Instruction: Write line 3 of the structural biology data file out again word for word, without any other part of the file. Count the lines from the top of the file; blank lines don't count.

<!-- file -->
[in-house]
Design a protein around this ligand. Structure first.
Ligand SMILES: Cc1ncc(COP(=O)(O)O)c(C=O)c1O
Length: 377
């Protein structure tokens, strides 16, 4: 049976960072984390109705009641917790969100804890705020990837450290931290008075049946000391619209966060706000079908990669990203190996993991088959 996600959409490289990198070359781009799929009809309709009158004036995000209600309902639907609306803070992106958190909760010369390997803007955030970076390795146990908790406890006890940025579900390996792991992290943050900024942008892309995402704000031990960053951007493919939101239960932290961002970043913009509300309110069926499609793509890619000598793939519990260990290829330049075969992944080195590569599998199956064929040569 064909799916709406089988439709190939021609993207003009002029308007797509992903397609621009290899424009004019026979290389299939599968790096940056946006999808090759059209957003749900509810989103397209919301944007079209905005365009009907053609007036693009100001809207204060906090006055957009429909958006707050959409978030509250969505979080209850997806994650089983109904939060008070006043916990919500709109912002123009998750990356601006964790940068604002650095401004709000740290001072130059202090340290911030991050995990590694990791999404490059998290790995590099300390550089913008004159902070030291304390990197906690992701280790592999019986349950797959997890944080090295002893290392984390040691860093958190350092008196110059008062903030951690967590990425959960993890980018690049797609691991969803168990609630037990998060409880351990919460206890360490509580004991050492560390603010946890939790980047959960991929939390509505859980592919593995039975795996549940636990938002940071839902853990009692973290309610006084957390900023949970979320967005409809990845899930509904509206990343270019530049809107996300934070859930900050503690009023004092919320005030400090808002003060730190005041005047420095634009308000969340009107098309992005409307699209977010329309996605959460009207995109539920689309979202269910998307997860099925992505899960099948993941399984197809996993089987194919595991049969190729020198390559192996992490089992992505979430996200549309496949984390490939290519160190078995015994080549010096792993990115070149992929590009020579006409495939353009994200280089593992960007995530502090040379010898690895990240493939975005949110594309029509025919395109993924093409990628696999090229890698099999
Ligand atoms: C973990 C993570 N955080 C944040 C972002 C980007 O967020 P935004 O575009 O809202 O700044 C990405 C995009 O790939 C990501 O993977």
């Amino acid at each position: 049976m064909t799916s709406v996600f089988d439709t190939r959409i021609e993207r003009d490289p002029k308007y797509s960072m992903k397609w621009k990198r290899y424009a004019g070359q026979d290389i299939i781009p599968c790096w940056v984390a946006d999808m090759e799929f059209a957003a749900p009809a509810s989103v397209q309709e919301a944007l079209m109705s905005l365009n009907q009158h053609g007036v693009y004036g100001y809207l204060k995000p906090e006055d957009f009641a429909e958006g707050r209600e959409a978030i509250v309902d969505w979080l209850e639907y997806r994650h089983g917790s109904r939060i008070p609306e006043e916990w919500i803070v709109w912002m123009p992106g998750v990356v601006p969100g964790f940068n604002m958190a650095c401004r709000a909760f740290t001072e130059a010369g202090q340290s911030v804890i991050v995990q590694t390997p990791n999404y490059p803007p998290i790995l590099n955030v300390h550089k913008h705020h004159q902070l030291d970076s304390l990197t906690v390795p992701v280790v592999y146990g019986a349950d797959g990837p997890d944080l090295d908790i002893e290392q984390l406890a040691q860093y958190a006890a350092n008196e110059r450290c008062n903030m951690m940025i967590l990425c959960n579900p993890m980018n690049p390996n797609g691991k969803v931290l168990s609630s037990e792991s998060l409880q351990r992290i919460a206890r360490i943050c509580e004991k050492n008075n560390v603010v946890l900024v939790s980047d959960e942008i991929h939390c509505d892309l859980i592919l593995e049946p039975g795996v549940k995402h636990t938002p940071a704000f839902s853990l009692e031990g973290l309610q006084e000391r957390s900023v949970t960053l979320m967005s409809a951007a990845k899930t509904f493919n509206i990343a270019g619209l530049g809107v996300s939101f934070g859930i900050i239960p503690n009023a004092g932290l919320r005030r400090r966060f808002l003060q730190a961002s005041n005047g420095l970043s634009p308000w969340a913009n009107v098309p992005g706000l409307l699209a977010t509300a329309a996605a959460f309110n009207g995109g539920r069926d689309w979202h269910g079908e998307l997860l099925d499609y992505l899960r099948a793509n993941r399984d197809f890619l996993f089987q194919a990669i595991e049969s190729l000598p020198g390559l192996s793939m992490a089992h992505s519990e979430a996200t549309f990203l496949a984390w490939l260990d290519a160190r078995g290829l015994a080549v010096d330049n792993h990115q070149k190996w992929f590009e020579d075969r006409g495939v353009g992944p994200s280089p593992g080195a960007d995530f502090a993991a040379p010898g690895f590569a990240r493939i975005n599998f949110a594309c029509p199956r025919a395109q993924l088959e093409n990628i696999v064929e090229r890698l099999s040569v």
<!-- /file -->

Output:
Ligand SMILES: Cc1ncc(COP(=O)(O)O)c(C=O)c1O